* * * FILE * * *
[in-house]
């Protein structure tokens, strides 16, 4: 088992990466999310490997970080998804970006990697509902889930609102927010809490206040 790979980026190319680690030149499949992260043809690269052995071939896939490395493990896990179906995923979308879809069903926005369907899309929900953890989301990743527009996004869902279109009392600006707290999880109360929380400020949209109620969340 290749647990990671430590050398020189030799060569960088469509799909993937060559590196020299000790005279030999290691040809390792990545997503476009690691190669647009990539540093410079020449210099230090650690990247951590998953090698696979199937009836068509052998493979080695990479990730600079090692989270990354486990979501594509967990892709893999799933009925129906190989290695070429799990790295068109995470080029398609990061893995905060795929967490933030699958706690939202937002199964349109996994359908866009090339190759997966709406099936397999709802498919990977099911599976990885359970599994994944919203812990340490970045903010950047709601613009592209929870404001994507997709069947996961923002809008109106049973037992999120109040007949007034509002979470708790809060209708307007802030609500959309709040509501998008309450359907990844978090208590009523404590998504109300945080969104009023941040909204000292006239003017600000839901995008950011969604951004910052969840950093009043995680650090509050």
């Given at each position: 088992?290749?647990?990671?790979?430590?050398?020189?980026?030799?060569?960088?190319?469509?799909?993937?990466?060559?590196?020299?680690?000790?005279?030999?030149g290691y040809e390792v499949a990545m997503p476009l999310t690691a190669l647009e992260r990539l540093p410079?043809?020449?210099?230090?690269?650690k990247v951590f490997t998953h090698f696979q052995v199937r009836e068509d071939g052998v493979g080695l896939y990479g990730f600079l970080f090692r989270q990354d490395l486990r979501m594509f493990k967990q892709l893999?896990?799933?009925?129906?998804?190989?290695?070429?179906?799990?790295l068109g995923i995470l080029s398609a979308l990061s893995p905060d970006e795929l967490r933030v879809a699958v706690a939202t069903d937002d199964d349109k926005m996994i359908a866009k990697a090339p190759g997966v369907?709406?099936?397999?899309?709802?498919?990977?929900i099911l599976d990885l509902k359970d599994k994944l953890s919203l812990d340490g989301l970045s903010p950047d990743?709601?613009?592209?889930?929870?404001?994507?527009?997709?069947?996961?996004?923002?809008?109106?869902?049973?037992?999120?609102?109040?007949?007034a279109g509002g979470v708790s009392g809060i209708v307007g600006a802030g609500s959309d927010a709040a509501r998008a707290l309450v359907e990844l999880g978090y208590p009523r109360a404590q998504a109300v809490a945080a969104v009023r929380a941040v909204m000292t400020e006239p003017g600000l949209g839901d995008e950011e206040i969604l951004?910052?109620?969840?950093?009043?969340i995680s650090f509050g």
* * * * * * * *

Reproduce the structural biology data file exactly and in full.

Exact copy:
[in-house]
């Protein structure tokens, strides 16, 4: 088992990466999310490997970080998804970006990697509902889930609102927010809490206040 790979980026190319680690030149499949992260043809690269052995071939896939490395493990896990179906995923979308879809069903926005369907899309929900953890989301990743527009996004869902279109009392600006707290999880109360929380400020949209109620969340 290749647990990671430590050398020189030799060569960088469509799909993937060559590196020299000790005279030999290691040809390792990545997503476009690691190669647009990539540093410079020449210099230090650690990247951590998953090698696979199937009836068509052998493979080695990479990730600079090692989270990354486990979501594509967990892709893999799933009925129906190989290695070429799990790295068109995470080029398609990061893995905060795929967490933030699958706690939202937002199964349109996994359908866009090339190759997966709406099936397999709802498919990977099911599976990885359970599994994944919203812990340490970045903010950047709601613009592209929870404001994507997709069947996961923002809008109106049973037992999120109040007949007034509002979470708790809060209708307007802030609500959309709040509501998008309450359907990844978090208590009523404590998504109300945080969104009023941040909204000292006239003017600000839901995008950011969604951004910052969840950093009043995680650090509050």
């Given at each position: 088992?290749?647990?990671?790979?430590?050398?020189?980026?030799?060569?960088?190319?469509?799909?993937?990466?060559?590196?020299?680690?000790?005279?030999?030149g290691y040809e390792v499949a990545m997503p476009l999310t690691a190669l647009e992260r990539l540093p410079?043809?020449?210099?230090?690269?650690k990247v951590f490997t998953h090698f696979q052995v199937r009836e068509d071939g052998v493979g080695l896939y990479g990730f600079l970080f090692r989270q990354d490395l486990r979501m594509f493990k967990q892709l893999?896990?799933?009925?129906?998804?190989?290695?070429?179906?799990?790295l068109g995923i995470l080029s398609a979308l990061s893995p905060d970006e795929l967490r933030v879809a699958v706690a939202t069903d937002d199964d349109k926005m996994i359908a866009k990697a090339p190759g997966v369907?709406?099936?397999?899309?709802?498919?990977?929900i099911l599976d990885l509902k359970d599994k994944l953890s919203l812990d340490g989301l970045s903010p950047d990743?709601?613009?592209?889930?929870?404001?994507?527009?997709?069947?996961?996004?923002?809008?109106?869902?049973?037992?999120?609102?109040?007949?007034a279109g509002g979470v708790s009392g809060i209708v307007g600006a802030g609500s959309d927010a709040a509501r998008a707290l309450v359907e990844l999880g978090y208590p009523r109360a404590q998504a109300v809490a945080a969104v009023r929380a941040v909204m000292t400020e006239p003017g600000l949209g839901d995008e950011e206040i969604l951004?910052?109620?969840?950093?009043?969340i995680s650090f509050g």